Wednesday, June 29, 2011

Some more time at "Happy Lab Acres" (Donna Reece's Ridge View Labradors)

Brent drove his Dad's Jeep home last Monday. We've been trying to decide what to do with the vehicle (an '09 with 11,000 miles on it) but since we just realized that both crates fit perfectly in the back, we will probably keep it! 
Friday, we took my power chair over to Brunswick (over an hour away to the southwest) for some repairs and my van down to Akron (about an hour away to the southeast) for repairs to the air conditioning lines and to the ramp, which won't come back into the van. We were heading to St Louis Saturday for Dad's funeral, to sort stuff and arrange for some of it to come to Cleveland so we took the Labs out to Donna Reece's Friday evening. We had thought about taking Hardy but decided not to because he seems to be going through a bit of a fear period and we thought that might not be the best time for his first airplane flight! Instead, we left both Laurel & Hardy out at Ridge View Labradors. The nice thing is that whenever we pull up at Donna's house, both of them run to the front door excited to be there again!
The flight to St Louis went well on Saturday and we spent the day sorting and looking through boxes. Dad had moved from his house of 65+ years in March - he had over 100 unopened boxes in the basement alone which we thought we'd have to ship to us in  to sort. We also found some lovely brand new furniture - Dad had been "living" in the basement with a TV and a broken recliner. I suppose he was waiting to move upstairs until he had completed all the renovating and remodeling. Being there and seeing the loving care with which he did the work, we became quite fond of the house and decided that we should use the furniture since he never had the chance to. It was still a difficult decision because although it was beautiful, much of it isn't to our taste and we have a house full of our own. 
Sunday, we did more sorting and finalized things for the funeral home visitation, the funeral and the internment at the national cemetery. Monday was a long day with a "private viewing"; four hours of visitation; a Masonic service; the funeral service, which Brent and I performed (Brent gave a lovely eulogy which honored his Dad but was still truthful); then the procession to Jefferson Barracks, ending in a short but lovely military service. Afterwards, we went out to dinner with some other family members at a local restaurant. That evening, we finished looking through all the boxes except those in the garage. 
Tuesday morning, the packer came and it looked like she did a great job. We headed to the airport about two hours before the flight was supposed to take off. Unfortunately, it was delayed and we got in to Cleveland about an hour and a half late. We had to stop home before heading out to pick up Laurel and Hardy.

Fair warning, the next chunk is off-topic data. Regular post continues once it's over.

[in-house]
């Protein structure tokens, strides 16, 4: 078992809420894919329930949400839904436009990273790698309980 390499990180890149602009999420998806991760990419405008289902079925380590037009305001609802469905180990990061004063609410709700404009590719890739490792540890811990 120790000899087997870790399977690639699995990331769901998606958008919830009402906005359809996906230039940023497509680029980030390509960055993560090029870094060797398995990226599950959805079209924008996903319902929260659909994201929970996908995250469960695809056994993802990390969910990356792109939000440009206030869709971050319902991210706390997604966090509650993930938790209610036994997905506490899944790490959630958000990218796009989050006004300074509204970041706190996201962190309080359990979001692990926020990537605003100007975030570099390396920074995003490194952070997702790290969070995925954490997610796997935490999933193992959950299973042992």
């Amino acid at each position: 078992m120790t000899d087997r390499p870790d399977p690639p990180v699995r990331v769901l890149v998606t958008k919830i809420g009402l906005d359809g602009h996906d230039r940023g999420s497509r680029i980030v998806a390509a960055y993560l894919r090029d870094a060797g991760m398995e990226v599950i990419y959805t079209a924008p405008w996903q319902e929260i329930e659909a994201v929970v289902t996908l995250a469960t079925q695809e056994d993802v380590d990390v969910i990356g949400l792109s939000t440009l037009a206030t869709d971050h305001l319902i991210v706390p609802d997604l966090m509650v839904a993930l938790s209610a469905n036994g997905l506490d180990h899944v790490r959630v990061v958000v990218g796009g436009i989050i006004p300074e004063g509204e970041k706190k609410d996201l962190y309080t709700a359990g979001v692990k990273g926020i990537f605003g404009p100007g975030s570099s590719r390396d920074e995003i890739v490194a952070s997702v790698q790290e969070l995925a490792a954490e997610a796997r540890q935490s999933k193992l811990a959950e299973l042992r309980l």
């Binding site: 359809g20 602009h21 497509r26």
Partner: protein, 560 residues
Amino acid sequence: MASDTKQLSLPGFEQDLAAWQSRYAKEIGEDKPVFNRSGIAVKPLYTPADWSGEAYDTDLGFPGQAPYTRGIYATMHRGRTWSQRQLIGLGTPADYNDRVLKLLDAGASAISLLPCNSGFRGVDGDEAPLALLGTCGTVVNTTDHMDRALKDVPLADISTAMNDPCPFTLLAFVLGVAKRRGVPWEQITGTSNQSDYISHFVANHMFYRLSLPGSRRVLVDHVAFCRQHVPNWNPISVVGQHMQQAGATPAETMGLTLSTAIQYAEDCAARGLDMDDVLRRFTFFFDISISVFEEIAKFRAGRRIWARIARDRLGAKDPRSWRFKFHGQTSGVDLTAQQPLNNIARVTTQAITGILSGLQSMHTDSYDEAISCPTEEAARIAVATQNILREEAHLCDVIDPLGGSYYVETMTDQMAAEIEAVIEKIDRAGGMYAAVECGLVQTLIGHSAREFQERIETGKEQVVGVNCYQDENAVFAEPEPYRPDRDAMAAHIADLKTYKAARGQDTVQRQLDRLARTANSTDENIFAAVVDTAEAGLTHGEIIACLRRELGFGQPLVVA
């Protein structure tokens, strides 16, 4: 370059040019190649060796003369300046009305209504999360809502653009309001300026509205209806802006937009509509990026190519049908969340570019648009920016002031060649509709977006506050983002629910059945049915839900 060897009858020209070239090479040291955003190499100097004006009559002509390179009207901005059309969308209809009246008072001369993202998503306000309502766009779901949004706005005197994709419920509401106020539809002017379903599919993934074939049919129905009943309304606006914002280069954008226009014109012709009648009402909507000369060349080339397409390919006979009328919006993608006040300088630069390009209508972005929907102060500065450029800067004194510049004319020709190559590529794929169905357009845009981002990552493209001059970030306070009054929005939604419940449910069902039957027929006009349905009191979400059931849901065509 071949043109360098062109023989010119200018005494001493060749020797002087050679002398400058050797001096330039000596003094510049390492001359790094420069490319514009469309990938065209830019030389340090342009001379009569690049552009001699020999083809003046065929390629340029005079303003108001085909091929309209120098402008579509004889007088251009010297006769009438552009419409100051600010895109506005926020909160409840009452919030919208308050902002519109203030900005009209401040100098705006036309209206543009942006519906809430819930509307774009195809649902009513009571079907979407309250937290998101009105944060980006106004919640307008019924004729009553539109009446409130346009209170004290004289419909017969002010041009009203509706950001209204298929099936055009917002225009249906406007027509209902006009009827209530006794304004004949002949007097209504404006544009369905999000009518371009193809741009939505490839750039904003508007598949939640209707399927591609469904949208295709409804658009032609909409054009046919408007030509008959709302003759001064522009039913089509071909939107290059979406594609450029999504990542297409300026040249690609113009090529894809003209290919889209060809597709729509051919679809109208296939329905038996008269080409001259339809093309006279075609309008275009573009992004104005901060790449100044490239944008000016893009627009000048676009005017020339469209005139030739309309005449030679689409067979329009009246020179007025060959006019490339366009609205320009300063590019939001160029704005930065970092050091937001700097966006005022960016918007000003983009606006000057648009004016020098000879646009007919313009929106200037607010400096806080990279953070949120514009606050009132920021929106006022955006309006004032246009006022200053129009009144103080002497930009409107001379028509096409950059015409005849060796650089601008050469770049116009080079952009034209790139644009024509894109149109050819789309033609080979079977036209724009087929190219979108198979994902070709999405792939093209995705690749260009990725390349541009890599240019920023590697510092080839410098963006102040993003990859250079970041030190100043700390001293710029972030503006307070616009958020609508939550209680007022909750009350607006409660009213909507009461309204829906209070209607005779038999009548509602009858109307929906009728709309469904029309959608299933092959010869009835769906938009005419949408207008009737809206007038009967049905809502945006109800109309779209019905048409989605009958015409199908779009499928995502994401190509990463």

The Labs had a wonderful time with Donna and their Lab and Mastiff friends. We're still glad that we didn't take Hardy with us although we'd like an opportunity to take take him on a flight sometime soon. But, we'd like to do that when we can focus on the training with patience. And although they were delighted to come home with us, it was obvious that they had had a blast!
This week, we will be busy preparing our house and basement for all the stuff coming on the moving van. We hadn't planned on the furniture but now we have to swap it with what we already have in our bedroom and office, the family room, living room, and Devin and Kristen's bedrooms! 
And now, having had to do this for Brent's Dad, we've made a commitment to not leave all our stuff for our children to have to sort and decide what might have some value. Hence, while we get our stuff ready to move, we are sorting it into different piles: garage sale, keep, donate and trash.  Poor Laurel and Hardy probably won't appreciate the time we spend doing all that though! Sometimes it's just tough work being a Labrador!

Monday, June 20, 2011

"It was the best of times, it was the worst of times"

This past weekend Canine Affair (our training hall) hosted a C-WAGS Obedience and Rally trial for which I served as the C-WAGS Advocate (or Representative). With the potential for hot weather and because I haven't been working much to get ready, I wasn't sure I'd be competing. 
About 4 or 5 weeks ago, we found out that Brent's father, who lives in St. Louis had inoperable (terminal) lung cancer and that he had 6-8 months to 1 year to live. At that point, he was living at home and had gone to see his doctor. When he was dissatisfied with what his doctor had to say, he decided he needed to go to the hospital. Once there, he was diagnosed with a very aggressive, untreatable cancer and it became quickly apparent that he would never go home again. Brent's mother has been in a nursing home for about 10 years with advanced Alzheimer's and he is an only child with a very small extended family that hasn't been close for many years. As a result, everything fell to Brent and suddenly we were trying to pay their bills, make living arrangements for his dad and take care of his mom. Unfortunately, his dad's health declined quickly and two weeks ago, we were told he had 2-4 months left and he immediately went into hospice. Brent decided to spend a last father's day with his dad so we made reservations for him to go there Friday (the 17th). He was scheduled to land at 8:00 in the morning but we got a call 5 hours before (at 3:00) letting us know that his dad had passed away peacefully in his sleep. Brent went there but instead of getting to see his dad, he had to make arrangements for his funeral, talk to the lawyer, go to the banks and the nursing home to see about his mom etc.